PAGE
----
Desiccants are materials that attract and hold moisture, and desiccant air-conditioning systems provide a method of drying air before it enters a conditioned space. With the high levels of fresh air now required for building ventilation, removing moisture has become increasingly important. Desiccant dehumidification systems are growing in popularity because of their ability to remove moisture from outdoor ventilation air while allowing conventional air-conditioning systems to deal primarily with control temperature.
Desiccant dehumidification is a new approach to space conditioning that offers solutions for many of the current economic, environmental, and regulatory issues being faced by facility managers. Indoor air quality is improved through higher ventilation rates, and achieving those fresh air make-up rates becomes more feasible with desiccant systems. At "low load conditions" outdoor air used for ventilation and recirculated air from the building have to be dehumidified more than they have to be cooled.
Properly integrated desiccant dehumidification systems have become cost-effective additions to many building HVAC systems because of:
Their ability to recover energy from conditioned air that is normally exhausted from buildings.
The lower cost of dehumidification when low-sensible load, high-latent load conditions are met.
The greater comfort achieved with dehumidified air.
The promotion of gas cooling for summer air-conditioning by utilities in the form of preferential gas cooling rates.
High electric utility demand charges, which encourage a shift away from conventional, electrically driven air-conditioning (which requires a heavy daytime loading).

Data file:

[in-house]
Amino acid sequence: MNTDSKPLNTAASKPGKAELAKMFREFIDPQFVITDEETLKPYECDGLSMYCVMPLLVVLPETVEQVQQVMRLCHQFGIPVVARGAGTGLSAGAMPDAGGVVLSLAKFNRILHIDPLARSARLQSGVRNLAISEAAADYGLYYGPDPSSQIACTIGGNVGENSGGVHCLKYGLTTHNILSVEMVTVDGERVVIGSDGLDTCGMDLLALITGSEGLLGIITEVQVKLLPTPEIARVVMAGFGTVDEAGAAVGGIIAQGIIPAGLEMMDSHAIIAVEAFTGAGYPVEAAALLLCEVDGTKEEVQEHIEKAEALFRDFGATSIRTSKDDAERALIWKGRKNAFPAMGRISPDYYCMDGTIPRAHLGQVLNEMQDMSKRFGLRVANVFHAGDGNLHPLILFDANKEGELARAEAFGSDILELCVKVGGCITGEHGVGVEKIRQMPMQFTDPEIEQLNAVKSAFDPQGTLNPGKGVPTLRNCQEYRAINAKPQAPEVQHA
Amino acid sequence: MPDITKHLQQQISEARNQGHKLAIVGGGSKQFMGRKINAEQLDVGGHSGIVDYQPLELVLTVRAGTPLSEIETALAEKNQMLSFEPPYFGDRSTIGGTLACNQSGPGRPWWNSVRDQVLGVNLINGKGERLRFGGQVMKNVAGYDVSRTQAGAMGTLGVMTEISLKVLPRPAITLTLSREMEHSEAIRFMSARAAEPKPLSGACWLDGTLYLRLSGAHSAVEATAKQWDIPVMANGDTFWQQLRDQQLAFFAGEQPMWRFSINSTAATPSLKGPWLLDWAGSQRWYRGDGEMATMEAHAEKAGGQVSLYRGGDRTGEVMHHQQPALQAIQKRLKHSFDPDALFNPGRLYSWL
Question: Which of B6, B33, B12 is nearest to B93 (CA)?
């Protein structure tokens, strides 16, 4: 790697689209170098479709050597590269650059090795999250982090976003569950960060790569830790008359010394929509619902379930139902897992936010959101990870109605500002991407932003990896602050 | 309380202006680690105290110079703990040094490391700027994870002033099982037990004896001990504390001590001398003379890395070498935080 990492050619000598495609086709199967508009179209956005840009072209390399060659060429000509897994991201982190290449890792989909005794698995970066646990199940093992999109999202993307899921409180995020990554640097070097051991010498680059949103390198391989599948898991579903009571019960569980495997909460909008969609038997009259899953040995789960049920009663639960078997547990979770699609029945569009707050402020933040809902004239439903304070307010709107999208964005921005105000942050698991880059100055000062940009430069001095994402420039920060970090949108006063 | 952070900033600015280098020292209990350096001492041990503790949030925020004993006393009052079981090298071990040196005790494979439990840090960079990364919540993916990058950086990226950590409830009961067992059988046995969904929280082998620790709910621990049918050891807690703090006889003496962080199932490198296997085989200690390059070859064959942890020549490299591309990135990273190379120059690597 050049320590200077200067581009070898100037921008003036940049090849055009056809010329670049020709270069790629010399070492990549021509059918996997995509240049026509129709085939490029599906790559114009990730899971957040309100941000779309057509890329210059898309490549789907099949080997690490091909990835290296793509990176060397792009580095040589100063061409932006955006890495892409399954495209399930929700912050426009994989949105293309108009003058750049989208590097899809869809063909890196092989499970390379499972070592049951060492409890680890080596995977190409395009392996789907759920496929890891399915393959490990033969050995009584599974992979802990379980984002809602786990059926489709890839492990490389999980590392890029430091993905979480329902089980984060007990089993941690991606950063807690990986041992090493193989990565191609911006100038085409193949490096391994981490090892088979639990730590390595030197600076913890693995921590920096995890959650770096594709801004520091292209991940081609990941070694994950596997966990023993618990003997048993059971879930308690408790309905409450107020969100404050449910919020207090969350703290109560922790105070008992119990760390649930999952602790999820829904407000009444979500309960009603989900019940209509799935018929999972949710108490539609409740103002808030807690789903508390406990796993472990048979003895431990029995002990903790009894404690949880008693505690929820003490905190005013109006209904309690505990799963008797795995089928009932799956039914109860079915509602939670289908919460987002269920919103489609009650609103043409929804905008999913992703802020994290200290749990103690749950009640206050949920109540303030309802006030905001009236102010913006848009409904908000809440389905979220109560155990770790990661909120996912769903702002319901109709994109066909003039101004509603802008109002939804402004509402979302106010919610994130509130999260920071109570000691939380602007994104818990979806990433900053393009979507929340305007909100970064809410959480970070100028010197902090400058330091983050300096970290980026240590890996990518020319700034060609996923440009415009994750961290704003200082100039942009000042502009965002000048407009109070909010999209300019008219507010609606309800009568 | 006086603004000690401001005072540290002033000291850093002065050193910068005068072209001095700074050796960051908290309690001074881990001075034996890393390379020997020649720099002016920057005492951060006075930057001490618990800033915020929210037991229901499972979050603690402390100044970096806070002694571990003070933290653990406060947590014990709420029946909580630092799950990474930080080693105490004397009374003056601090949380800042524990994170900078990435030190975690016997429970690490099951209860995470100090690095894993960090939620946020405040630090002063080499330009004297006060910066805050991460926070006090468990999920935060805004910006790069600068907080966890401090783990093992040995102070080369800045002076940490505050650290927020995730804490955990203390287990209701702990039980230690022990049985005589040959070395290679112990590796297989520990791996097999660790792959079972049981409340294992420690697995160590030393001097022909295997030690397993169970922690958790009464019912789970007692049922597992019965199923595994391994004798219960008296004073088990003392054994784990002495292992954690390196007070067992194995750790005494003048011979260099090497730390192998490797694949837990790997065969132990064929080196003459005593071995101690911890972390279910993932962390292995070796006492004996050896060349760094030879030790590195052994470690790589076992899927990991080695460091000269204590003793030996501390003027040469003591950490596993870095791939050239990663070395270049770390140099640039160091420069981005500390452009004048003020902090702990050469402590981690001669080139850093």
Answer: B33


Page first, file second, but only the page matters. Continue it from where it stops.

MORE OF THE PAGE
Desiccant systems offer significant potential for energy savings (0.1 to 0.4 quads nationwide). They also inhibit microbiological growth by maintaining lower humidity levels. Better control of humidity prevents moisture, mildew, and rot damage to building materials.
Desiccant dehumidification is particularly attractive in applications where building exhaust air is readily available for an energy-recovery ventilator (ERV, or "passive" desiccant system) or where a source of waste heat from other building operations is available to regenerate an "active" desiccant system.
To dehumidify air streams, desiccant materials are impregnated into a lightweight honeycomb or corrugated matrix that is formed into a wheel. This wheel is rotated through a supply or process air stream on one side that is dried by the desiccant before being routed into the building. The wheel continues to rotate through a reactivation or regeneration air stream on the other side that dries out the desiccant and carries the moisture out of the building. The desiccant can be reactivated with air that is either hotter or drier than the process air.
"Passive" desiccant wheels, which are used in total ERVs and enthalpy exchangers, use dry air that is usually building exhaust air for regeneration. Passive desiccant wheels require additional fan power only to move the air and the energy contained in the exhaust air stream. However, passive desiccants cannot remove as much moisture from incoming ventilation air as active desiccant systems and are ultimately limited in sensible and latent capacity by the temperature and dryness of exhaust air leaving the building.
"Active" desiccant wheels use heated air and require a thermal energy source for regeneration. The illustration above shows the operational characteristics of active and passive desiccant wheels. The advantage of active desiccant wheels is that they dry the supply air continuously-to any desired humidity level-in all weather, regardless of the moisture content of the building's exhaust air. They can be regenerated with humidity control to any desired level.